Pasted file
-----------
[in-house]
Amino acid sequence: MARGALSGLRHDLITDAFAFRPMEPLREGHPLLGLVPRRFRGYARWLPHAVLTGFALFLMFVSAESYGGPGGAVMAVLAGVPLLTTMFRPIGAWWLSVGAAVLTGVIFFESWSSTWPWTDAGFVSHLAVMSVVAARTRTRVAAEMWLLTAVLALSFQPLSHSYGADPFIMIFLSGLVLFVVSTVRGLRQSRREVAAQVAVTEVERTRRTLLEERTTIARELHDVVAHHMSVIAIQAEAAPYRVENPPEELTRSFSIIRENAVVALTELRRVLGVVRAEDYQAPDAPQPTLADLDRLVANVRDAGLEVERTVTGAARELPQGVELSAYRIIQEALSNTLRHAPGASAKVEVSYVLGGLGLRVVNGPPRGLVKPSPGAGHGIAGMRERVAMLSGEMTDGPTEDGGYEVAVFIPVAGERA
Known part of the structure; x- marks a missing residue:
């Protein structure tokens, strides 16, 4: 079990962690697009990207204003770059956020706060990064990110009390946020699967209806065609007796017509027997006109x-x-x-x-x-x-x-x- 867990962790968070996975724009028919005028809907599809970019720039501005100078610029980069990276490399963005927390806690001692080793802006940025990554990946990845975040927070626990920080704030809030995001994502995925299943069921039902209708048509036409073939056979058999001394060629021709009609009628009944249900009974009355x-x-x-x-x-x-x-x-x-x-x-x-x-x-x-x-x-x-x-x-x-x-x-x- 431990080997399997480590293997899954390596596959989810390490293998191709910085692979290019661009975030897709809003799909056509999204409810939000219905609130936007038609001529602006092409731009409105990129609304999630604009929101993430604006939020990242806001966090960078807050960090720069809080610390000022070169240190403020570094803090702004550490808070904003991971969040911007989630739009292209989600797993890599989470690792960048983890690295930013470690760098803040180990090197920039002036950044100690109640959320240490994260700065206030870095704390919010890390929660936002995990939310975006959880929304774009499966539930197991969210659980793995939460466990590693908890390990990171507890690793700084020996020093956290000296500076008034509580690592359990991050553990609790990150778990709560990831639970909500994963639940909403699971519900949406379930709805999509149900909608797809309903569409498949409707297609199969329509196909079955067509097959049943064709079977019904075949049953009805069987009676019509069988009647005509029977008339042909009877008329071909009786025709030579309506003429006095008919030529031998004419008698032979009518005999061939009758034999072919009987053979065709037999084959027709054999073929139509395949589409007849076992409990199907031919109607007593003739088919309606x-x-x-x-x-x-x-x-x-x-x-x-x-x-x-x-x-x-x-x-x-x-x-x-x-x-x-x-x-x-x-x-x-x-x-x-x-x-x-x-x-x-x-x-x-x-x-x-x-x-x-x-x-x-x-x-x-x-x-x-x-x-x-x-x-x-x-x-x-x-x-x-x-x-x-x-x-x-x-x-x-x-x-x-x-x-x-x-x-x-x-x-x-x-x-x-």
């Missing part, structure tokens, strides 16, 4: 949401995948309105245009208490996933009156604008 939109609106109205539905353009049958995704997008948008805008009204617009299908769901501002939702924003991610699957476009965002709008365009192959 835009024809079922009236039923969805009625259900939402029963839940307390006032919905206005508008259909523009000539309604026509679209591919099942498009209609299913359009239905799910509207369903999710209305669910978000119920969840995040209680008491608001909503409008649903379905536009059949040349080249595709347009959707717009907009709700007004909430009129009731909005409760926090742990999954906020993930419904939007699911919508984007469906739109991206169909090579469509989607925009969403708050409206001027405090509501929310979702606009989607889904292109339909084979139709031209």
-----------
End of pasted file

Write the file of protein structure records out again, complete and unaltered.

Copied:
[in-house]
Amino acid sequence: MARGALSGLRHDLITDAFAFRPMEPLREGHPLLGLVPRRFRGYARWLPHAVLTGFALFLMFVSAESYGGPGGAVMAVLAGVPLLTTMFRPIGAWWLSVGAAVLTGVIFFESWSSTWPWTDAGFVSHLAVMSVVAARTRTRVAAEMWLLTAVLALSFQPLSHSYGADPFIMIFLSGLVLFVVSTVRGLRQSRREVAAQVAVTEVERTRRTLLEERTTIARELHDVVAHHMSVIAIQAEAAPYRVENPPEELTRSFSIIRENAVVALTELRRVLGVVRAEDYQAPDAPQPTLADLDRLVANVRDAGLEVERTVTGAARELPQGVELSAYRIIQEALSNTLRHAPGASAKVEVSYVLGGLGLRVVNGPPRGLVKPSPGAGHGIAGMRERVAMLSGEMTDGPTEDGGYEVAVFIPVAGERA
Known part of the structure; x- marks a missing residue:
């Protein structure tokens, strides 16, 4: 079990962690697009990207204003770059956020706060990064990110009390946020699967209806065609007796017509027997006109x-x-x-x-x-x-x-x- 867990962790968070996975724009028919005028809907599809970019720039501005100078610029980069990276490399963005927390806690001692080793802006940025990554990946990845975040927070626990920080704030809030995001994502995925299943069921039902209708048509036409073939056979058999001394060629021709009609009628009944249900009974009355x-x-x-x-x-x-x-x-x-x-x-x-x-x-x-x-x-x-x-x-x-x-x-x- 431990080997399997480590293997899954390596596959989810390490293998191709910085692979290019661009975030897709809003799909056509999204409810939000219905609130936007038609001529602006092409731009409105990129609304999630604009929101993430604006939020990242806001966090960078807050960090720069809080610390000022070169240190403020570094803090702004550490808070904003991971969040911007989630739009292209989600797993890599989470690792960048983890690295930013470690760098803040180990090197920039002036950044100690109640959320240490994260700065206030870095704390919010890390929660936002995990939310975006959880929304774009499966539930197991969210659980793995939460466990590693908890390990990171507890690793700084020996020093956290000296500076008034509580690592359990991050553990609790990150778990709560990831639970909500994963639940909403699971519900949406379930709805999509149900909608797809309903569409498949409707297609199969329509196909079955067509097959049943064709079977019904075949049953009805069987009676019509069988009647005509029977008339042909009877008329071909009786025709030579309506003429006095008919030529031998004419008698032979009518005999061939009758034999072919009987053979065709037999084959027709054999073929139509395949589409007849076992409990199907031919109607007593003739088919309606x-x-x-x-x-x-x-x-x-x-x-x-x-x-x-x-x-x-x-x-x-x-x-x-x-x-x-x-x-x-x-x-x-x-x-x-x-x-x-x-x-x-x-x-x-x-x-x-x-x-x-x-x-x-x-x-x-x-x-x-x-x-x-x-x-x-x-x-x-x-x-x-x-x-x-x-x-x-x-x-x-x-x-x-x-x-x-x-x-x-x-x-x-x-x-x-």
């Missing part, structure tokens, strides 16, 4: 949401995948309105245009208490996933009156604008 939109609106109205539905353009049958995704997008948008805008009204617009299908769901501002939702924003991610699957476009965002709008365009192959 835009024809079922009236039923969805009625259900939402029963839940307390006032919905206005508008259909523009000539309604026509679209591919099942498009209609299913359009239905799910509207369903999710209305669910978000119920969840995040209680008491608001909503409008649903379905536009059949040349080249595709347009959707717009907009709700007004909430009129009731909005409760926090742990999954906020993930419904939007699911919508984007469906739109991206169909090579469509989607925009969403708050409206001027405090509501929310979702606009989607889904292109339909084979139709031209």